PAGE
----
Global media shoulders the tasks of both intercultural communication and translation. As Bielsa & Bassnett (2009:11) underpin, in global media "translation is one element in a complex set of processes whereby information is transposed from one language into another and then edited, rewritten, shaped and repackaged in a new context". Among others, this new context is constituted by the culture of the target audience which may differ significantly from that of the place where the reported event took place. Intercultural communication refers to bridging this gap between the cultural context of the reported event and the cultures of audiences.
Culture as Collective Experience
When analyzing intercultural communication and translation in global media it seems to be self-evident to conceive of culture as a symbolic structure that conjoins the members of one nation or ethnic group and separates them from other nations or ethnic groups. However this national-ethnic definition of culture risks to confound two interweaved but distinct aspects: differences of collective experience on the one hand and the language barrier on the other (cf. Ma 2004). We would therefore like to propose a perspective on culture which brings collective experience into focus. Such collective experience may be located on the level of national culture and linked to a distinct language, but it may also conjoin members of a generation, a milieu or a social class within one language (cf. Bohnsack/Nohl 2003).
To take an example for national collective experience, the US presidential elections, which we will elaborate on in chapter 4, are an experience actively shared by US citizens who may (or may not) engage in the primary, take part in the campaigns, choose to vote and who are excited about the election results. Such a shared experience conjoins people (even if they vote for different candidates) and separates them from outsiders, e.g. Europeans. Because the outsiders didn’t actively take part in the event they lack all the practical knowledge emerging from this experience. Drawing on Karl Mannheim (1997:203) we propose to call this experience "conjunctive experience", because it conjuncts, i.e. binds people together. Knowledge arising from conjunctive experience is "completely one-sided" and constitutes a "perspective", because the experience "captures only one aspect, one perspective of the vis-à-vis" (ibid.:191). Such knowledge emerges wherever people are actively involved in an event, e.g. during the financial crisis of 2008, in the negotiations about nuclear weapons with North Korea, during a murder or a major rock concert.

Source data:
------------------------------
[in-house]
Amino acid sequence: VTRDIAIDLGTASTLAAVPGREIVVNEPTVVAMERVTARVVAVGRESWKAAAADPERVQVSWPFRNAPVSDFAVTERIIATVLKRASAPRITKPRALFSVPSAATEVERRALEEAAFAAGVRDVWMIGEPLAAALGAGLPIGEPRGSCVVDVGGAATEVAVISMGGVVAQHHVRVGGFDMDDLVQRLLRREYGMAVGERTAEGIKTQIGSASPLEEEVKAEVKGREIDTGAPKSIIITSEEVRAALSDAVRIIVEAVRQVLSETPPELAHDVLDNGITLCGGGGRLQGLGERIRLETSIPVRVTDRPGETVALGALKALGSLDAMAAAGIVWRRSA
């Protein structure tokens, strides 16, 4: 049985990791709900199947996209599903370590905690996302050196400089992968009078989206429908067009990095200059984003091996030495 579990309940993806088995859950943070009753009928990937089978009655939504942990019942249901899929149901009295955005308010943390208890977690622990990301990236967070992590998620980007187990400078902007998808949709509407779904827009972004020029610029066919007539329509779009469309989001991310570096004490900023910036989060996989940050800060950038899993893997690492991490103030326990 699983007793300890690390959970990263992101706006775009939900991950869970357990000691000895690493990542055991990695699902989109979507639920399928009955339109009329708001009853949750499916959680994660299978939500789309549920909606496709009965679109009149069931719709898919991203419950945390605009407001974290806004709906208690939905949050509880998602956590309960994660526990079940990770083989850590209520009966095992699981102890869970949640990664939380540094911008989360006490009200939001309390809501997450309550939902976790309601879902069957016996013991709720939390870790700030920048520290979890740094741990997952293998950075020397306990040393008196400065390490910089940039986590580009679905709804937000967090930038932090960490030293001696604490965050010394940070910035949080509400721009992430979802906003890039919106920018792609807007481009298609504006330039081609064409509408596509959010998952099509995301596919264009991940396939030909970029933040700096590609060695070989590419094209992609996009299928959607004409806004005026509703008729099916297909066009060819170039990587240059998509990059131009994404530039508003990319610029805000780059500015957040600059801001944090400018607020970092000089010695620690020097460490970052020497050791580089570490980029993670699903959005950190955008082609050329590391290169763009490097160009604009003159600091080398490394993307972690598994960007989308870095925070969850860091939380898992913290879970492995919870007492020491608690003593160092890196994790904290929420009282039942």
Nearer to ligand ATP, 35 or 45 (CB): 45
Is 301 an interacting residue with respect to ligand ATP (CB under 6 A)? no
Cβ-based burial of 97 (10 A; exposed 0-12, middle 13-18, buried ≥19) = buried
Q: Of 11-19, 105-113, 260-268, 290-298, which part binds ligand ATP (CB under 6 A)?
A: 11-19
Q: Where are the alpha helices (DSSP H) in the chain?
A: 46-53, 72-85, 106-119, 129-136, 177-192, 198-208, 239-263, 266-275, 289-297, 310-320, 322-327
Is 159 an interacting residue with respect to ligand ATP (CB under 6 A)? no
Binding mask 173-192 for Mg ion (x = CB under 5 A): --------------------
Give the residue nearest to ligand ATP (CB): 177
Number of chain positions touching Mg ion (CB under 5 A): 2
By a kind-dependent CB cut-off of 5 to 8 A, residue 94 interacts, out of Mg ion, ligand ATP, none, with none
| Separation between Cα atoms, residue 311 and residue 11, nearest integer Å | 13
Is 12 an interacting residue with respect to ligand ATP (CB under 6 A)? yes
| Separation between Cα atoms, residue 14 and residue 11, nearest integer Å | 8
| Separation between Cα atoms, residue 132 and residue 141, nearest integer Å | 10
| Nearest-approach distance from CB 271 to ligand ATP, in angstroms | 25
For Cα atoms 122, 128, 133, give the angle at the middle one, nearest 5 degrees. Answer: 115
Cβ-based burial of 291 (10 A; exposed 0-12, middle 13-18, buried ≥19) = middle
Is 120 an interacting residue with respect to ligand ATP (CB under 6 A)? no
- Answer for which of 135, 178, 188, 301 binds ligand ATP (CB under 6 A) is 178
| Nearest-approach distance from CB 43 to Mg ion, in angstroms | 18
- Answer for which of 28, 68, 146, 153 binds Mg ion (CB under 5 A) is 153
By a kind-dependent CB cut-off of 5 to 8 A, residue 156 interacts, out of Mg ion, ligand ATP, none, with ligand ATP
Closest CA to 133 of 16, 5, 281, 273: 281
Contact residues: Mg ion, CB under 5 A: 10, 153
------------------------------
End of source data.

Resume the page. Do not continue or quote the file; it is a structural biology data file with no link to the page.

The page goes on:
Now it is the task of the journalist to report any such event to an audience which may not have – and as concerns global media most probably has not – shared the respective experience and hence doesn’t have the same perspective and one-sidedness. If the journalist would then only describe the event as such (for example, writing: "after a fierce campaign Obama has won the primaries in Iowa"), she would have failed to do her job. This is because for the outsider, who has never experienced US elections before, the term "primaries" would remain opaque.
Rendering Conjunctive Experience Comprehensible